Romperayo ‘Así No Se Puede Muchaches’ LP (SOUK) 4/5

Imagine with me that you’re heading out on a road trip. You leave your home in a metropolitan area with major highways and things to look at everywhere; tall buildings, apartments, industry, parks that are loud and teeming with life all around you. That trip eventually takes you off the main highways and onto country roads where the view is mostly open fields and maybe the occasional cow. While these landscapes may not seem as alive as the city scenery, if you were to pull over and walk through those fields, you would see an abundance of different species of wildflowers, critters and creatures galore. Though it may look barren at first glance, these places are rich with life. Unearthing this life is exactly what Romperayo has set out to do for Colombia’s music scene, taking us off the mainstream highways and deep into the less travelled country roads. Helmed by musical mage and percussionist Pedro Ojeda, Romperayo is back, with a brand new tropical 9 track album that puts Colombia’s fertile rhythmic landscape on full display. ‘Así No Se Puede Muchaches’ demonstrates Ojeda’s genius as well as his range.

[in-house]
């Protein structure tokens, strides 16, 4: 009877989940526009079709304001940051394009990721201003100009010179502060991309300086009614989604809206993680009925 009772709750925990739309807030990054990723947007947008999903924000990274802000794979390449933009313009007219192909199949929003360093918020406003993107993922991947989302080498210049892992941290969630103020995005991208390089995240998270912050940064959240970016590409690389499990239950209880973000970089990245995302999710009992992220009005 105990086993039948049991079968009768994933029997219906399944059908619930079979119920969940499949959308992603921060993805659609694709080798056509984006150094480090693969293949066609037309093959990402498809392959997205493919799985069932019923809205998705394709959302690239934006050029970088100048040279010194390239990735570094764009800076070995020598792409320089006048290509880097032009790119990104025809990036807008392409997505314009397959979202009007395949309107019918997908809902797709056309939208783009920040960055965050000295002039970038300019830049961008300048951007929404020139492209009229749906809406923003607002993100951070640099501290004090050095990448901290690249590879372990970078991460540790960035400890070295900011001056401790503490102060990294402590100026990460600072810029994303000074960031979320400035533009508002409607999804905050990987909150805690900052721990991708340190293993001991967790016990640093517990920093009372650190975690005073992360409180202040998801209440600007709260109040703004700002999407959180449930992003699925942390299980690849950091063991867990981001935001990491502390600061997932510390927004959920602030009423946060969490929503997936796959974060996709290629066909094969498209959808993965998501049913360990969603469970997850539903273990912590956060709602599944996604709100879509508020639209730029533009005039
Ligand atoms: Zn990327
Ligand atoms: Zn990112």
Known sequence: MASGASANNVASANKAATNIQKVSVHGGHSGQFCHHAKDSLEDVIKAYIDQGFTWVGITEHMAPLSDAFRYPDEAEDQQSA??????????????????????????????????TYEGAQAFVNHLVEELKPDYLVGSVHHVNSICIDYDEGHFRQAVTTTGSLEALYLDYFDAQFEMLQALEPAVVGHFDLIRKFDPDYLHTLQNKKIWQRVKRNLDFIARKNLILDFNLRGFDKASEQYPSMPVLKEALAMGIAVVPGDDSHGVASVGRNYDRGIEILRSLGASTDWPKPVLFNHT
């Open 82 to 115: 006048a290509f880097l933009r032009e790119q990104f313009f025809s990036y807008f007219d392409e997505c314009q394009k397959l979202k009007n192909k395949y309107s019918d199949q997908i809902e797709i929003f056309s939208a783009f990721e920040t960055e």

Ojeda is one of the busiest men in music. Involved in a plethora of projects including Los Pirañas and Chupame el Dedo, Ojeda has found a way to create a signature sound with each project referencing the other yet remaining distinct and special. “La Segunda Parte de la Reforma Agraria” is like an industrial tango full of synthesizer and mechanical sounds, something all its own and yet the voice on the track is a total callback to Chupame el Dedo’s “Mi Ancestro Berraco” from 2019’s No Te Metas Con Satan. “Sangre en la Uña” recalls a bit of Los Pirañas’ “Dragones Chinos” with several more layers of psycedelia laid on top.

Romperayo sets itself apart from Ojeda’s other projects though with its aim to dig up often unknown historical samples creating an anthropological conversation between listener and musician. ‘Así No Se Puede Muchaches’ is as avant-garde as you would expect coming from Ojeda but it’s much more subtle and restrained than you might imagine. The subtlety of his musical voice allows the complexity of the folkloric rhythms to shine. This is especially evident in a song like “Uyuyuis” which has this gorgeous vintage tropical sound off the top and melts into this eccentric cumbia-esque flow, with his signature high pitch vocal elements in the mix. Somehow he manages to make it all work together without sounding overdone or messy. It probably doesn’t hurt that he has the help of some really talented friends, including Jaime Ospina on the Gaita and arguably the greatest accordionist of our time, Ivan Medellín.

I often wonder how Pedro Ojeda sleeps. He has his hands in so much Colombian music that he must be up all hours of the night. With Romperayo’s ‘Así No Se Puede Muchaches’ that loss of sleep proves worth it. Big rhythms and the spirit of experimentalism set the album apart and help expand our understanding of not only the sounds of the Colombian coast but what music, in general, can be.

Molly Gallegos